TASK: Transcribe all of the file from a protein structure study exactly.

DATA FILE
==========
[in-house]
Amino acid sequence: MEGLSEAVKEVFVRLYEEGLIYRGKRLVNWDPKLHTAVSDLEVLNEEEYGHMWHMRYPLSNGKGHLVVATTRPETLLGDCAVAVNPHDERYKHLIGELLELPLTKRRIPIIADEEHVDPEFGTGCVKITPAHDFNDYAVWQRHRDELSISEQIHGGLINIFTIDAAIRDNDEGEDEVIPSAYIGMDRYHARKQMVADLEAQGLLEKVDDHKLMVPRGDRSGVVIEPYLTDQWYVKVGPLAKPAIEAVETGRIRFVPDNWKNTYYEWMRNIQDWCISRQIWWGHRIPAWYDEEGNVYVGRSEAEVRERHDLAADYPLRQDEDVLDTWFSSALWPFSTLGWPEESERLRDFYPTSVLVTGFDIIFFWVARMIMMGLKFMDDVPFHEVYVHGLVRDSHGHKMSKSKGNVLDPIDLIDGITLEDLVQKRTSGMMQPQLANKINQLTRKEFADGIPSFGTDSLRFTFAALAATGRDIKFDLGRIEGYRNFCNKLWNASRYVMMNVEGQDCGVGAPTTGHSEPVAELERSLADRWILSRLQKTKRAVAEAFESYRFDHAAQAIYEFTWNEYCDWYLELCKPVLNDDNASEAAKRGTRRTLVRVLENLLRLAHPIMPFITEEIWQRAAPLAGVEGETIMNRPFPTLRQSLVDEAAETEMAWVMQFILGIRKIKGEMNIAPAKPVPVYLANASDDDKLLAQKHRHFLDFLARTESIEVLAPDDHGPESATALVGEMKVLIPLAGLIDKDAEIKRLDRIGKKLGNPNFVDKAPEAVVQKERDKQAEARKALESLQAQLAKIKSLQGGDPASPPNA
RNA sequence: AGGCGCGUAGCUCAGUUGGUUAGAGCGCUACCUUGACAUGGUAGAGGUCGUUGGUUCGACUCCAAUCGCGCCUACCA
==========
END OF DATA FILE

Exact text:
[in-house]
Amino acid sequence: MEGLSEAVKEVFVRLYEEGLIYRGKRLVNWDPKLHTAVSDLEVLNEEEYGHMWHMRYPLSNGKGHLVVATTRPETLLGDCAVAVNPHDERYKHLIGELLELPLTKRRIPIIADEEHVDPEFGTGCVKITPAHDFNDYAVWQRHRDELSISEQIHGGLINIFTIDAAIRDNDEGEDEVIPSAYIGMDRYHARKQMVADLEAQGLLEKVDDHKLMVPRGDRSGVVIEPYLTDQWYVKVGPLAKPAIEAVETGRIRFVPDNWKNTYYEWMRNIQDWCISRQIWWGHRIPAWYDEEGNVYVGRSEAEVRERHDLAADYPLRQDEDVLDTWFSSALWPFSTLGWPEESERLRDFYPTSVLVTGFDIIFFWVARMIMMGLKFMDDVPFHEVYVHGLVRDSHGHKMSKSKGNVLDPIDLIDGITLEDLVQKRTSGMMQPQLANKINQLTRKEFADGIPSFGTDSLRFTFAALAATGRDIKFDLGRIEGYRNFCNKLWNASRYVMMNVEGQDCGVGAPTTGHSEPVAELERSLADRWILSRLQKTKRAVAEAFESYRFDHAAQAIYEFTWNEYCDWYLELCKPVLNDDNASEAAKRGTRRTLVRVLENLLRLAHPIMPFITEEIWQRAAPLAGVEGETIMNRPFPTLRQSLVDEAAETEMAWVMQFILGIRKIKGEMNIAPAKPVPVYLANASDDDKLLAQKHRHFLDFLARTESIEVLAPDDHGPESATALVGEMKVLIPLAGLIDKDAEIKRLDRIGKKLGNPNFVDKAPEAVVQKERDKQAEARKALESLQAQLAKIKSLQGGDPASPPNA
RNA sequence: AGGCGCGUAGCUCAGUUGGUUAGAGCGCUACCUUGACAUGGUAGAGGUCGUUGGUUCGACUCCAAUCGCGCCUACCA